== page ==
Solid celestial bodies (planets, asteroids, comets) undergo various kinds of stresses during their evolution. Their response to those stresses depends on their physical properties. In turn, those properties are modified as a result of the applied stresses. One of the main processes that contributed to the formation of planets and shaped their leftover building blocks (asteroids and comets) is the impact process. Meteorites collected on Earth are an indication of the collisional activity as they are the remnants of collisions that take place in the asteroid Main Belt between the orbits of Mars and Jupiter. The collisional process is therefore not a second-order problem in the understanding of the past, present and future history of our Solar System; it is actually at the heart of its formation and evolution. Although major advances have been performed by members of our team these recent years, on both the experimental and numerical sides, great efforts are still necessary to achieve a complete understanding that can be applied to the various properties of solid celestial bodies and allow better assessment of how these properties are influenced by this process. Moreover, such knowledge is crucial in the design of space mission tests of deflection in the framework of mitigation strategies.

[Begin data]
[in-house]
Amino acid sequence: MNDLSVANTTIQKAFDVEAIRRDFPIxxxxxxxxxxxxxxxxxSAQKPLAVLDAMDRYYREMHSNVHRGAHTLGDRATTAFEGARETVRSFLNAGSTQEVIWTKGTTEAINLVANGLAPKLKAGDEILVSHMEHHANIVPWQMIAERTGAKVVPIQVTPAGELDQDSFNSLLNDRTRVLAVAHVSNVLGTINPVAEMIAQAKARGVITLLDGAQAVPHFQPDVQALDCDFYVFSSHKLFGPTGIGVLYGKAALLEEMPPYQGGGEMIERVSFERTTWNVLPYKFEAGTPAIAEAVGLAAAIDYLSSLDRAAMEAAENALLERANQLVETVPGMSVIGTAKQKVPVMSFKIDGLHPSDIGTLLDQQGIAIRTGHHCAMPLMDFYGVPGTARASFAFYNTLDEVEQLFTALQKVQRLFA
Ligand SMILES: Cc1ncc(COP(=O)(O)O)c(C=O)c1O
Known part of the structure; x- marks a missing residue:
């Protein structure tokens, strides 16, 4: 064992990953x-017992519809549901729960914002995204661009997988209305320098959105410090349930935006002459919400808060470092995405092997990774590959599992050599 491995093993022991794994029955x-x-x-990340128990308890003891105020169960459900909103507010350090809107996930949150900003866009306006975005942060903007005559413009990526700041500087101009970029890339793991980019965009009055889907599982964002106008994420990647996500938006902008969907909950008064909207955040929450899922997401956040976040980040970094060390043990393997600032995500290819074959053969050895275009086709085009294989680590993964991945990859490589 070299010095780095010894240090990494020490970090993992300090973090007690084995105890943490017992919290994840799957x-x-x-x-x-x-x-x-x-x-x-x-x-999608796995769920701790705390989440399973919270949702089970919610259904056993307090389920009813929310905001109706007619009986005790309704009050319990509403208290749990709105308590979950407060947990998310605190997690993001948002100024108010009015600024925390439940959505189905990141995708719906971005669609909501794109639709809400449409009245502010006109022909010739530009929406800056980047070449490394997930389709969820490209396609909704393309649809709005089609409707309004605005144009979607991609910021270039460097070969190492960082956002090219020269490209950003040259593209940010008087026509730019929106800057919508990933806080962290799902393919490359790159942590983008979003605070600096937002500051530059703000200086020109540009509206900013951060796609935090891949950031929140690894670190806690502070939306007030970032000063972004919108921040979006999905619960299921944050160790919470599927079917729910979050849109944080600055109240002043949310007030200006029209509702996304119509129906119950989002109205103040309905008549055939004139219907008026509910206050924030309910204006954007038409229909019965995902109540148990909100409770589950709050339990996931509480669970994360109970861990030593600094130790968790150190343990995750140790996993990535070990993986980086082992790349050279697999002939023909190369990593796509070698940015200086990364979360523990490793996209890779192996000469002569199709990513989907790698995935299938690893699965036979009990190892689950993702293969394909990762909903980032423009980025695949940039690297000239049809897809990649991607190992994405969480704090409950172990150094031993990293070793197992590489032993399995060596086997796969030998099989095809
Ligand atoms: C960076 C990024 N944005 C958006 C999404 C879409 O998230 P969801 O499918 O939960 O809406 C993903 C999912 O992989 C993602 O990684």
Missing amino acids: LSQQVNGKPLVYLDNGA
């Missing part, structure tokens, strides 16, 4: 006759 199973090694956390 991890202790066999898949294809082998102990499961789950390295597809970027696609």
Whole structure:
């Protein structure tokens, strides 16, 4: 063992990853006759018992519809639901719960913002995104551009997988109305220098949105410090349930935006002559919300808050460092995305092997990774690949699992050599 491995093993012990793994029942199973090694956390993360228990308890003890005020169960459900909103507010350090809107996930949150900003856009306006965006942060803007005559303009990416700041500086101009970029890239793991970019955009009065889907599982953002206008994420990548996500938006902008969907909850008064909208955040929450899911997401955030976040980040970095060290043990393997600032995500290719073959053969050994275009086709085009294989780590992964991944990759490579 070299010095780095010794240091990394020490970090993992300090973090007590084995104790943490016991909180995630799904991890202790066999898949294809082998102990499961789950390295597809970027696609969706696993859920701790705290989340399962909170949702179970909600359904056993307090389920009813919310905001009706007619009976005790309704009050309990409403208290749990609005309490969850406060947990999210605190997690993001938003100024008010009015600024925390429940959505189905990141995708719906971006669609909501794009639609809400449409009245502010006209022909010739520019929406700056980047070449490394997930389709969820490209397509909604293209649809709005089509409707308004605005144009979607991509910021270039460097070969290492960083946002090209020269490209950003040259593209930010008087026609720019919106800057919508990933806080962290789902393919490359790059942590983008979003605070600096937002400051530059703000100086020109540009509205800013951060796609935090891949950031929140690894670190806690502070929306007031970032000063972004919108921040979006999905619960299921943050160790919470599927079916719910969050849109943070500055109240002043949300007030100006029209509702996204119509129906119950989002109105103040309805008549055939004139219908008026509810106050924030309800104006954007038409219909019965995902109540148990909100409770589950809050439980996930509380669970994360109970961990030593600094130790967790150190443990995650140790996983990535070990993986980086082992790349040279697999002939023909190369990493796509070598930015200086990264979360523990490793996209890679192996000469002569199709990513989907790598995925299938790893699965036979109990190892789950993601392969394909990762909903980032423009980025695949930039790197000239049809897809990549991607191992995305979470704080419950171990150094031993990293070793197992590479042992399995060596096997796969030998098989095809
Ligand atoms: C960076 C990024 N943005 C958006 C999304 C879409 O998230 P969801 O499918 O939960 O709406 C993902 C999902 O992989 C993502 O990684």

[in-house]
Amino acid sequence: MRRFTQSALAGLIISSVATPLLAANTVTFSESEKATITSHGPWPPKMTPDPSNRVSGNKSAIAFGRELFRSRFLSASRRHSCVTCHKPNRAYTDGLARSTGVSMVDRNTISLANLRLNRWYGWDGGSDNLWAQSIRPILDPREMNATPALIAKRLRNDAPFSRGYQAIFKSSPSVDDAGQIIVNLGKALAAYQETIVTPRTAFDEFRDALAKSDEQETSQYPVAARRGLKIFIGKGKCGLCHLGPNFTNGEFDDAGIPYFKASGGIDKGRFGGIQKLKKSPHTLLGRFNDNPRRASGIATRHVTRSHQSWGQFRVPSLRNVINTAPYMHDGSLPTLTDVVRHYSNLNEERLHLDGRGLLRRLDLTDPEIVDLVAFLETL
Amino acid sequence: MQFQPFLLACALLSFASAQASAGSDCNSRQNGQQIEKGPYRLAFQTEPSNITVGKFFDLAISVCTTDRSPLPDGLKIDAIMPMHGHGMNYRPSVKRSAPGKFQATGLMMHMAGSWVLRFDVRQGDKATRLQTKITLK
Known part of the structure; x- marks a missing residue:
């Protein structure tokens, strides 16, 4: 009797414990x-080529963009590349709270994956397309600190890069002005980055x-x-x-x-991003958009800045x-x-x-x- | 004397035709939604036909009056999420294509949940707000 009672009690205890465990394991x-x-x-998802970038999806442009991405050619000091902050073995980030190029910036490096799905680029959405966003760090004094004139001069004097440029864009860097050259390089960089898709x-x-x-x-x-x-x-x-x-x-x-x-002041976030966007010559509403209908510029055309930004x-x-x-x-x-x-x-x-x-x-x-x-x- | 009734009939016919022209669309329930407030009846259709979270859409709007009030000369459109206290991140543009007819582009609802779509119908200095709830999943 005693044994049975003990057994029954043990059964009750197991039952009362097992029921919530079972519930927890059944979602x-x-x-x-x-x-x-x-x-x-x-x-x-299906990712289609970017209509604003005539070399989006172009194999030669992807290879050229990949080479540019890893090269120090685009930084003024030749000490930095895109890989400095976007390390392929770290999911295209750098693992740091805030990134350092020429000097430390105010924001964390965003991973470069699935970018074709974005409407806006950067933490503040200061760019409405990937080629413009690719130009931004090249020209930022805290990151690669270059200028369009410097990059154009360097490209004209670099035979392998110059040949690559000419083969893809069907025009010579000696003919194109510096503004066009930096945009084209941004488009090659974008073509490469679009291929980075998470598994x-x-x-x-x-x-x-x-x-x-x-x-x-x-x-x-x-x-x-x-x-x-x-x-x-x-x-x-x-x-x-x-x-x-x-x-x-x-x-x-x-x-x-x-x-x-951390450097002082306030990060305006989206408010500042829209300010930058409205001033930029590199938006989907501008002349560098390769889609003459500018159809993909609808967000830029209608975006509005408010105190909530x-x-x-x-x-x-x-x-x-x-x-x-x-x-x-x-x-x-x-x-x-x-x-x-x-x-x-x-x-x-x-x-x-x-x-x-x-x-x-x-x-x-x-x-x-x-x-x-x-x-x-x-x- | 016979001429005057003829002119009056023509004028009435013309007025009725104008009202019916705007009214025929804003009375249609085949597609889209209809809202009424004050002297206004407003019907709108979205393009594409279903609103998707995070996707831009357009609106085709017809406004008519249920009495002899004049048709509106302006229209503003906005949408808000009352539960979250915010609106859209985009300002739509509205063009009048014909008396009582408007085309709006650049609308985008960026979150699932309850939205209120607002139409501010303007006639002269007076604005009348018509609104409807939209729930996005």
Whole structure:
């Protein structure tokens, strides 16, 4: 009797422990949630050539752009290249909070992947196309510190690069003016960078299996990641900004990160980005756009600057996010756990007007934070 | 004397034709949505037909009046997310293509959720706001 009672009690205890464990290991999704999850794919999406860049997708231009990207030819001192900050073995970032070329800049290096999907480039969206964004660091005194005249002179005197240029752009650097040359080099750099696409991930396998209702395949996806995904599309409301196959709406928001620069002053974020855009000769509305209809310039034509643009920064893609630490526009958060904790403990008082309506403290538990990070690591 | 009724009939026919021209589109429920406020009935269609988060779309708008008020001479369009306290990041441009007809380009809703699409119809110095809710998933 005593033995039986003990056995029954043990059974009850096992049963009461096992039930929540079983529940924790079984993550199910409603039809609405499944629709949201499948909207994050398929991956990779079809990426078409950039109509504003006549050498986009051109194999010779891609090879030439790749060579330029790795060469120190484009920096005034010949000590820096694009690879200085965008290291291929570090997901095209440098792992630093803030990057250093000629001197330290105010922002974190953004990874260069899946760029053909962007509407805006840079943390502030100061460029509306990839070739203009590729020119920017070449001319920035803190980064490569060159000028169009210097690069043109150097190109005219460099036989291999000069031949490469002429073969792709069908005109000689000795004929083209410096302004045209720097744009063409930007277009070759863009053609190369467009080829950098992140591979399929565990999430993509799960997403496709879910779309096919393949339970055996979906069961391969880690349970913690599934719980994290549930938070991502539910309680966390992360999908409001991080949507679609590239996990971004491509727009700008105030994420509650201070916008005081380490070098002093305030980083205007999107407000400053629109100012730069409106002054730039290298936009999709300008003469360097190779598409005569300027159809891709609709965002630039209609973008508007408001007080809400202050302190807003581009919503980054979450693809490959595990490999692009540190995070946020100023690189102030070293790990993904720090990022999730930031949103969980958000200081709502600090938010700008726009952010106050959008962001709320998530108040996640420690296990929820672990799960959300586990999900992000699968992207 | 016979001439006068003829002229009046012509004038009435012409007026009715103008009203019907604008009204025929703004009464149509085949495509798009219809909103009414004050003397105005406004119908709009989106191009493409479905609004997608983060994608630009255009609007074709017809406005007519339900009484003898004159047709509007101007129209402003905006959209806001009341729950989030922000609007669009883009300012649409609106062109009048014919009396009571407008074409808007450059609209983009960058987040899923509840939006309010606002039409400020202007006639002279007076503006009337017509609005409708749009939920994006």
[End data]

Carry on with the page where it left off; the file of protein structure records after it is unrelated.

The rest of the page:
Asteroids range in size from small (~10 m) boulders to bodies 1000 km across with consequently larger range in mass, from a few thousand tons to 1021 kg, which is still only a fraction of a percent of the mass of the Earth. As a result, from planets to asteroids, surface gravities vary by many orders of magnitude. The geology and geophysics of asteroids is a fascinating and constantly surprising field. Regolith, granular material covering the uppermost layer of solid planetary bodies, plays an important role in the surface geology of asteroids. The same can be stated, although to a lesser extent, for bodies like Mars and the Moon, whose surface gravities are also smaller than that of Earth’s. Thus, flows of granular materials driven by different gravitational conditions are particularly important in the understanding of the geology of small bodies and planets. The exploration of the Moon and Mars in the next two decades will require deployment of landing vehicles on surfaces of loose granular material. Space missions to small bodies also involve measurements by landers (e.g. the Rosetta mission) and sampling devices capable of coping with a wide range of surface properties. The proposed team and workshops at ISSI will bring together specialists in these two related processes (impacts and granular material dynamics) with the required expertise in modeling, laboratory experiments and space missions. The workshops will provide a stimulating environment for new ideas and for advancing existing and new projects.